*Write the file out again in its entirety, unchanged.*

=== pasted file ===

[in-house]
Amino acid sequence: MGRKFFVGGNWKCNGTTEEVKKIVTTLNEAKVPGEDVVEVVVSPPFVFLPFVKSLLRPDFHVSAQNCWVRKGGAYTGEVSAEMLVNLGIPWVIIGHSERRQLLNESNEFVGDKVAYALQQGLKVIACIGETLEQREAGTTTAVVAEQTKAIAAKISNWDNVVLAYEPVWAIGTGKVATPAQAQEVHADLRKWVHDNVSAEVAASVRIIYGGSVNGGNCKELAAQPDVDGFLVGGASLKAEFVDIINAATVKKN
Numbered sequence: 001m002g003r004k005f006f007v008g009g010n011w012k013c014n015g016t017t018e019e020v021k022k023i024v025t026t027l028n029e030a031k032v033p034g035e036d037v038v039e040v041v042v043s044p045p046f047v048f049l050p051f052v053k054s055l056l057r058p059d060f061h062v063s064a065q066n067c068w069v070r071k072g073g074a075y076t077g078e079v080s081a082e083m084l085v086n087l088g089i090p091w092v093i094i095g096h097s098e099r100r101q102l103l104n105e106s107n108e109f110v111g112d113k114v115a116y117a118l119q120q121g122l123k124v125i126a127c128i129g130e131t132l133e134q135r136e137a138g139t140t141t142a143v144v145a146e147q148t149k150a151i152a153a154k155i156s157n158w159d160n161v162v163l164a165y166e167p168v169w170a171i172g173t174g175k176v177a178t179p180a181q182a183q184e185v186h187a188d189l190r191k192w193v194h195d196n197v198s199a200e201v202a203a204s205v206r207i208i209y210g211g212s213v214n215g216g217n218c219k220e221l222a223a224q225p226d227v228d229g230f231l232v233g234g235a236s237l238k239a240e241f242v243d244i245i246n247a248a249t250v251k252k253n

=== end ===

[in-house]
Amino acid sequence: MGRKFFVGGNWKCNGTTEEVKKIVTTLNEAKVPGEDVVEVVVSPPFVFLPFVKSLLRPDFHVSAQNCWVRKGGAYTGEVSAEMLVNLGIPWVIIGHSERRQLLNESNEFVGDKVAYALQQGLKVIACIGETLEQREAGTTTAVVAEQTKAIAAKISNWDNVVLAYEPVWAIGTGKVATPAQAQEVHADLRKWVHDNVSAEVAASVRIIYGGSVNGGNCKELAAQPDVDGFLVGGASLKAEFVDIINAATVKKN
Numbered sequence: 001m002g003r004k005f006f007v008g009g010n011w012k013c014n015g016t017t018e019e020v021k022k023i024v025t026t027l028n029e030a031k032v033p034g035e036d037v038v039e040v041v042v043s044p045p046f047v048f049l050p051f052v053k054s055l056l057r058p059d060f061h062v063s064a065q066n067c068w069v070r071k072g073g074a075y076t077g078e079v080s081a082e083m084l085v086n087l088g089i090p091w092v093i094i095g096h097s098e099r100r101q102l103l104n105e106s107n108e109f110v111g112d113k114v115a116y117a118l119q120q121g122l123k124v125i126a127c128i129g130e131t132l133e134q135r136e137a138g139t140t141t142a143v144v145a146e147q148t149k150a151i152a153a154k155i156s157n158w159d160n161v162v163l164a165y166e167p168v169w170a171i172g173t174g175k176v177a178t179p180a181q182a183q184e185v186h187a188d189l190r191k192w193v194h195d196n197v198s199a200e201v202a203a204s205v206r207i208i209y210g211g212s213v214n215g216g217n218c219k220e221l222a223a224q225p226d227v228d229g230f231l232v233g234g235a236s237l238k239a240e241f242v243d244i245i246n247a248a249t250v251k252k253n